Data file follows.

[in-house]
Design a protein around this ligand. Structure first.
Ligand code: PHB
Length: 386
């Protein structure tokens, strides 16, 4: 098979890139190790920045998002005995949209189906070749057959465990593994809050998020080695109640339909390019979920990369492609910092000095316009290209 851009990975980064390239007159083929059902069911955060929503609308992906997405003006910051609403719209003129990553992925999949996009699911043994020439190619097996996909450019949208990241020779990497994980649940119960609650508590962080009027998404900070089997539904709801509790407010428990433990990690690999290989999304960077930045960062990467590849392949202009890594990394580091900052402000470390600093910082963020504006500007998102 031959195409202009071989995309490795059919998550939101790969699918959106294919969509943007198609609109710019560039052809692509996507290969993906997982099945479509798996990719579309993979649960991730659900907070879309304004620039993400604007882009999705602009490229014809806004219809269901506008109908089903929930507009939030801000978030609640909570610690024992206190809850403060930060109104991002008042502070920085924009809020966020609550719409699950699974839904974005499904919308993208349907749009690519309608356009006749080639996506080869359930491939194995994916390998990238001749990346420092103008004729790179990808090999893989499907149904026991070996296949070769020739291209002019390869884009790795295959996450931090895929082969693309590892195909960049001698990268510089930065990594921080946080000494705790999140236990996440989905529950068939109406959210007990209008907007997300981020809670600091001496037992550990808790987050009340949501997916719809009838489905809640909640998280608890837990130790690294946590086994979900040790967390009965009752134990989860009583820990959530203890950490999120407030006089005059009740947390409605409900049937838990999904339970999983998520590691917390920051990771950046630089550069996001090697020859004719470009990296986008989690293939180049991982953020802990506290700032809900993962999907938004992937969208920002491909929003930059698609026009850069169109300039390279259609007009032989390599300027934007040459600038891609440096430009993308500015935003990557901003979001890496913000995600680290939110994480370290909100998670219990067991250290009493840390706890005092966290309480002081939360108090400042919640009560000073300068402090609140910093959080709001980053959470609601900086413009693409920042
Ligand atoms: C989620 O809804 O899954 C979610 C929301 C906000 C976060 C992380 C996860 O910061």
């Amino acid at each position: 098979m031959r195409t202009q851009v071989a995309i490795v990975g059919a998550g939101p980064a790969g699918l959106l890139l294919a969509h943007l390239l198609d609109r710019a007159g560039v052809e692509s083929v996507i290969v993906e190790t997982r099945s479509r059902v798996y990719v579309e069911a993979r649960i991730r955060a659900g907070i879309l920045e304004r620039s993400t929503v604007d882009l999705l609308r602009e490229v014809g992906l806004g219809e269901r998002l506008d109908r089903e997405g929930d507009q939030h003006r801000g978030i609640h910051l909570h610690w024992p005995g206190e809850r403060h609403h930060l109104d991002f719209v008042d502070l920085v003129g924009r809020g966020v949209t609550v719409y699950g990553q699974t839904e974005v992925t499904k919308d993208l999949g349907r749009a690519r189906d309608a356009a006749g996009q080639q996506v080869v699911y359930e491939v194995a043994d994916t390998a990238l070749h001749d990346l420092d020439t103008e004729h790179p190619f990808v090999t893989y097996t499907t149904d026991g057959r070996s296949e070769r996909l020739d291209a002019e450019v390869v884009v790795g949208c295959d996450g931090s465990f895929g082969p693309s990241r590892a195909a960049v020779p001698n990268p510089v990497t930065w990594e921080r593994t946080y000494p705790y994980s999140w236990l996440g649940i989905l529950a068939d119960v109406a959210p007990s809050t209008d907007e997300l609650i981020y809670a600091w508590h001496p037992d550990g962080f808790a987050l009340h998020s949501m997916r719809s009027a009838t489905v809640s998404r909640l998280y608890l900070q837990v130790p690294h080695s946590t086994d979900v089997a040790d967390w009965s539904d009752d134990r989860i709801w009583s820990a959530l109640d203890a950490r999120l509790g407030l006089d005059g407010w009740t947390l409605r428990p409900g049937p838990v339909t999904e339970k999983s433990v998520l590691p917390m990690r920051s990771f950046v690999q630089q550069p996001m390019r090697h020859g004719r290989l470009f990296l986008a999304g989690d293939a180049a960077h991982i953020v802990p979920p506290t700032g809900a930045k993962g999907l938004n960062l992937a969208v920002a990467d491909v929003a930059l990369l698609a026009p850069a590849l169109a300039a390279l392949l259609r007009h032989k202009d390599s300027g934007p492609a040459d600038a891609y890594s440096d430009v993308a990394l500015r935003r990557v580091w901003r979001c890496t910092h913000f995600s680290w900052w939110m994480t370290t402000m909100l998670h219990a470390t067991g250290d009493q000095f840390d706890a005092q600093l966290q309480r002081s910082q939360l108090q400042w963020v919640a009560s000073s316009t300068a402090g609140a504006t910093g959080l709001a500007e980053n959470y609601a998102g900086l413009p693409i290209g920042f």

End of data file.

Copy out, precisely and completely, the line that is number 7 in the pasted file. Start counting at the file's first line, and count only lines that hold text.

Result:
């Amino acid at each position: 098979m031959r195409t202009q851009v071989a995309i490795v990975g059919a998550g939101p980064a790969g699918l959106l890139l294919a969509h943007l390239l198609d609109r710019a007159g560039v052809e692509s083929v996507i290969v993906e190790t997982r099945s479509r059902v798996y990719v579309e069911a993979r649960i991730r955060a659900g907070i879309l920045e304004r620039s993400t929503v604007d882009l999705l609308r602009e490229v014809g992906l806004g219809e269901r998002l506008d109908r089903e997405g929930d507009q939030h003006r801000g978030i609640h910051l909570h610690w024992p005995g206190e809850r403060h609403h930060l109104d991002f719209v008042d502070l920085v003129g924009r809020g966020v949209t609550v719409y699950g990553q699974t839904e974005v992925t499904k919308d993208l999949g349907r749009a690519r189906d309608a356009a006749g996009q080639q996506v080869v699911y359930e491939v194995a043994d994916t390998a990238l070749h001749d990346l420092d020439t103008e004729h790179p190619f990808v090999t893989y097996t499907t149904d026991g057959r070996s296949e070769r996909l020739d291209a002019e450019v390869v884009v790795g949208c295959d996450g931090s465990f895929g082969p693309s990241r590892a195909a960049v020779p001698n990268p510089v990497t930065w990594e921080r593994t946080y000494p705790y994980s999140w236990l996440g649940i989905l529950a068939d119960v109406a959210p007990s809050t209008d907007e997300l609650i981020y809670a600091w508590h001496p037992d550990g962080f808790a987050l009340h998020s949501m997916r719809s009027a009838t489905v809640s998404r909640l998280y608890l900070q837990v130790p690294h080695s946590t086994d979900v089997a040790d967390w009965s539904d009752d134990r989860i709801w009583s820990a959530l109640d203890a950490r999120l509790g407030l006089d005059g407010w009740t947390l409605r428990p409900g049937p838990v339909t999904e339970k999983s433990v998520l590691p917390m990690r920051s990771f950046v690999q630089q550069p996001m390019r090697h020859g004719r290989l470009f990296l986008a999304g989690d293939a180049a960077h991982i953020v802990p979920p506290t700032g809900a930045k993962g999907l938004n960062l992937a969208v920002a990467d491909v929003a930059l990369l698609a026009p850069a590849l169109a300039a390279l392949l259609r007009h032989k202009d390599s300027g934007p492609a040459d600038a891609y890594s440096d430009v993308a990394l500015r935003r990557v580091w901003r979001c890496t910092h913000f995600s680290w900052w939110m994480t370290t402000m909100l998670h219990a470390t067991g250290d009493q000095f840390d706890a005092q600093l966290q309480r002081s910082q939360l108090q400042w963020v919640a009560s000073s316009t300068a402090g609140a504006t910093g959080l709001a500007e980053n959470y609601a998102g900086l413009p693409i290209g920042f």